36.When there was no end of the business, the captain of the Messenians said unto Cleon and Demosthenes that they spent their labour there in vain and that if they would deliver unto him a part of the archers and light-armed soldiers to get up by such a way as he himself should find out and come behind upon their backs, he thought the entrance might be forced.
And having received the forces he asked, he took his way from a place out of sight to the Lacedaemonians that he might not be discovered making his approach under the cliffs of the island where they were continual in which part, trusting to the natural strength thereof, they kept no watch, and with much labour and hardly unseen, came behind them, and appearing suddenly from above at their backs, both terrified the enemies with the sight of what they expected not and much confirmed the Athenians with the sight of what they expected.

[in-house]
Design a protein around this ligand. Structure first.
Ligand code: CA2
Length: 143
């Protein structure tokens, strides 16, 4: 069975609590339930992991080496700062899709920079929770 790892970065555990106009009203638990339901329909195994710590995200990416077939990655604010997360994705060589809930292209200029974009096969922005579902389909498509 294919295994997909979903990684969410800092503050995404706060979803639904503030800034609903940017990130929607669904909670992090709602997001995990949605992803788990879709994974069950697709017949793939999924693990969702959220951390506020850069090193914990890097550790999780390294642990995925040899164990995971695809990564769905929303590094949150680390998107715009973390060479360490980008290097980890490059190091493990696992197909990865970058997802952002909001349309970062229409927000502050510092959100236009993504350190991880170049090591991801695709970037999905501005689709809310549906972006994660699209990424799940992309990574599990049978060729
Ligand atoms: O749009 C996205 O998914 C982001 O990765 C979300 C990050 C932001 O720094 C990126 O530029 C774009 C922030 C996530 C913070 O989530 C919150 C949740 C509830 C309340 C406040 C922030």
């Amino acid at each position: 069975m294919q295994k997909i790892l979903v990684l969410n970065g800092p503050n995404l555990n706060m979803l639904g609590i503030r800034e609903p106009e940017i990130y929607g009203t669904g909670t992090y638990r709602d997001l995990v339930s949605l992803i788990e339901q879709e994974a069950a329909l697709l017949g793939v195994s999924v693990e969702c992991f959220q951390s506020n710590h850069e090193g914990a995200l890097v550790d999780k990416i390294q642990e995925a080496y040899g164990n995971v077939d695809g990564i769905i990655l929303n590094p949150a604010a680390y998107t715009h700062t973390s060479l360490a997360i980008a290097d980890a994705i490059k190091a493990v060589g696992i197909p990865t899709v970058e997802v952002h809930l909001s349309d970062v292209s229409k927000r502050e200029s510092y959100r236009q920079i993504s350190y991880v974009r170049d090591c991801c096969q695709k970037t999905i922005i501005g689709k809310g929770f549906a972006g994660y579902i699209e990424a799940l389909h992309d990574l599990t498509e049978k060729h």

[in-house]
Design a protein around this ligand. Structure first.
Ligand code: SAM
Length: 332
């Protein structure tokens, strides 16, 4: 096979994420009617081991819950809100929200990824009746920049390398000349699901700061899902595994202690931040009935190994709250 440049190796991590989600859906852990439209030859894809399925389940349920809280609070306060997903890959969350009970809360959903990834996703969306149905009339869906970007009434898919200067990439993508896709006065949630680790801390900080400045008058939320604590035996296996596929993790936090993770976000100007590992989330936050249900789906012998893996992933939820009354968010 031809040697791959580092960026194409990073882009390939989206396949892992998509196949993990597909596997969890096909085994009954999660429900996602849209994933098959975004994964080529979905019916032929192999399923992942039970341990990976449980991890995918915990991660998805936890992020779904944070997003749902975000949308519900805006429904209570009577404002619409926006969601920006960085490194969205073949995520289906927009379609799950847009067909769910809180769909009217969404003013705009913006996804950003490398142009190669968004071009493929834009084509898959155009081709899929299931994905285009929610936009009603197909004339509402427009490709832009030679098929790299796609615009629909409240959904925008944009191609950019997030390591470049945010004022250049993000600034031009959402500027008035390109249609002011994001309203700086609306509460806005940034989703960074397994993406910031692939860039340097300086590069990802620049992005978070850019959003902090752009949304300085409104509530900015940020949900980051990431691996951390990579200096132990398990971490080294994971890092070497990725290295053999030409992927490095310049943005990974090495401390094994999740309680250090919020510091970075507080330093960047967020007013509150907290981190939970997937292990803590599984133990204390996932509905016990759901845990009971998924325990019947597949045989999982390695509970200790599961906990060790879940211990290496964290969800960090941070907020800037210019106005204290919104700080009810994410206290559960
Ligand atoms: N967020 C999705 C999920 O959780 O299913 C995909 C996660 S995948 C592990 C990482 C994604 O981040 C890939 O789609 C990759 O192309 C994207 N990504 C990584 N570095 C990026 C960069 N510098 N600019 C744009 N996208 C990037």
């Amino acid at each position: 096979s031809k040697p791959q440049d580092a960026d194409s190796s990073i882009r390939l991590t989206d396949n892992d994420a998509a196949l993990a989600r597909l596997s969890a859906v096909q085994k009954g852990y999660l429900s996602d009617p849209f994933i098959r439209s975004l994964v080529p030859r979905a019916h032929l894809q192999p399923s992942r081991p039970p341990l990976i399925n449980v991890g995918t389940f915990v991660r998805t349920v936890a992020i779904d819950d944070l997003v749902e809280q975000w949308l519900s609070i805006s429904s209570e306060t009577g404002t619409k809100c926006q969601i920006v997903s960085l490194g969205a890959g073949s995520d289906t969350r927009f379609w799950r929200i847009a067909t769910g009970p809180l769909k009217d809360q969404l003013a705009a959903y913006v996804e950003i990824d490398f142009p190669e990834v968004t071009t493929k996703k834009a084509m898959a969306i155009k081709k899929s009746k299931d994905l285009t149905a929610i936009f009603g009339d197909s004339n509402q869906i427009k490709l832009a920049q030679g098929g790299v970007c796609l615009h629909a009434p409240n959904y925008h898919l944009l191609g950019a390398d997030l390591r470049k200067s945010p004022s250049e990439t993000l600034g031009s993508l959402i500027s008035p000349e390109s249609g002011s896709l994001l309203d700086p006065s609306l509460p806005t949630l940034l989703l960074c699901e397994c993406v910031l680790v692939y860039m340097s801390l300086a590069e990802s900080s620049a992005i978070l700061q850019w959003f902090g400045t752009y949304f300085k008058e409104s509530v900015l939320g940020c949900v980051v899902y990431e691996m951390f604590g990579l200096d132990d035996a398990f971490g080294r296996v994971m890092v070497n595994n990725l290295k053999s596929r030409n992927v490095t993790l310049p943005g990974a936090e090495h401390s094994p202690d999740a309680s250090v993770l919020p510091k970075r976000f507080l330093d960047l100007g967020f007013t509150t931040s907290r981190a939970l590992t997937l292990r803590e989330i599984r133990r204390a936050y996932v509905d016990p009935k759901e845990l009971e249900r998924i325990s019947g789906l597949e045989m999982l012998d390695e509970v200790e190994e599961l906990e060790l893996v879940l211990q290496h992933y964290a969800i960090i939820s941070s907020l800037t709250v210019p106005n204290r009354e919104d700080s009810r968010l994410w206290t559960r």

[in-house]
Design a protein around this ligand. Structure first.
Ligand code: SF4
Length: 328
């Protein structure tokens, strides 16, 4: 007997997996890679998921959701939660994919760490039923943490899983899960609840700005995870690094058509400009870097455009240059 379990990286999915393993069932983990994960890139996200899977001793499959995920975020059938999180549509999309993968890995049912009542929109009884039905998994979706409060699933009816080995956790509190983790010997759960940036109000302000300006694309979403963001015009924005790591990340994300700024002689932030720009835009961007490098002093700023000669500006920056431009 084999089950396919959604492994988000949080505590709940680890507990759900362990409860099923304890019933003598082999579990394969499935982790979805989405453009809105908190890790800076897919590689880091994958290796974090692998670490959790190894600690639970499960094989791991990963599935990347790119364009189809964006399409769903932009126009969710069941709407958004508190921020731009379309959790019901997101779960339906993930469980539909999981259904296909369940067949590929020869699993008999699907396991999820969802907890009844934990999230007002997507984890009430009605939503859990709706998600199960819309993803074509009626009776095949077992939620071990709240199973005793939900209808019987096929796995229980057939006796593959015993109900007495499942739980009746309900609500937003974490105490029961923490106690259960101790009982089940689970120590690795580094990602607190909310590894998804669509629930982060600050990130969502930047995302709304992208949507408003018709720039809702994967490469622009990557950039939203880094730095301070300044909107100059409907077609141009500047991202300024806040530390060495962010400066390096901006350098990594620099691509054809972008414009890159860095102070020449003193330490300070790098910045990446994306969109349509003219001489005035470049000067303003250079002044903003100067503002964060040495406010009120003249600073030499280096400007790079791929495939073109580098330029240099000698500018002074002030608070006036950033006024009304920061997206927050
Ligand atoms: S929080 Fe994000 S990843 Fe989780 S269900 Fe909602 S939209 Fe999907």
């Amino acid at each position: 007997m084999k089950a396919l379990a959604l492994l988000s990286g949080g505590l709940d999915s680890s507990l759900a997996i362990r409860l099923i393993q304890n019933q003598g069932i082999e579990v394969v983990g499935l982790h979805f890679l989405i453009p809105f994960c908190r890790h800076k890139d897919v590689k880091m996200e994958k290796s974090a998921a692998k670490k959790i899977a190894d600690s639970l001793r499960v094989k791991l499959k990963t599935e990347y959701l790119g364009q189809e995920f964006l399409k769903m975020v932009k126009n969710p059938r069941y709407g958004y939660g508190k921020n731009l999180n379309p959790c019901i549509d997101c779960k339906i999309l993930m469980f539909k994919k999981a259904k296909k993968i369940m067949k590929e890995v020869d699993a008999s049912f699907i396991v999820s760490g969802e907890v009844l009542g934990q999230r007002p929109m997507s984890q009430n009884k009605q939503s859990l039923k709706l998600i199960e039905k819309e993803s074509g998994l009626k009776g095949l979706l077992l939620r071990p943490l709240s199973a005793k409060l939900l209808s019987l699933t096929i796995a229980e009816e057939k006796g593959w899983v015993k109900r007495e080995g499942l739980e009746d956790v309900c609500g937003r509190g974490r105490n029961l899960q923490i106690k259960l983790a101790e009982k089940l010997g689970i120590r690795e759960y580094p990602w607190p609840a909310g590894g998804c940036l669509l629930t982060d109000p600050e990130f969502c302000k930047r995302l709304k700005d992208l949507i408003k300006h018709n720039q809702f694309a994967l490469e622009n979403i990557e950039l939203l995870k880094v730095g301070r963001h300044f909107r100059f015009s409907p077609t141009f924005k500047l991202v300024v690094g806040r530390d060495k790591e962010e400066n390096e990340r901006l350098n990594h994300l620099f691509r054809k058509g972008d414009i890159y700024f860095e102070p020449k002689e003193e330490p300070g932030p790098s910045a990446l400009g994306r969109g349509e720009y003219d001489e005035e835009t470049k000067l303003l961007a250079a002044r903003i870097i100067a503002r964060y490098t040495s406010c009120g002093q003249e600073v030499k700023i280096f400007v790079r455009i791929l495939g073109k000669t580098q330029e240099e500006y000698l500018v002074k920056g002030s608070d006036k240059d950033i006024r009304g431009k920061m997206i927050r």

And the Lacedaemonians, being now charged with their shot both before and behind, were in the same case (to compare small matters with great) that they were in at Thermopylae.For then they were slain by the Persians, shut up on both sides in a narrow path;and these now, being charged on both sides, could make good the place no longer, but fighting few against many and being weak withal for want of food, were at last forced to give ground;and the Athenians by this time were also masters of all the entrances.
The English works of Thomas Hobbes of Malmesbury. Thucydides. Thomas Hobbes. translator. London. Bohn. 1843.
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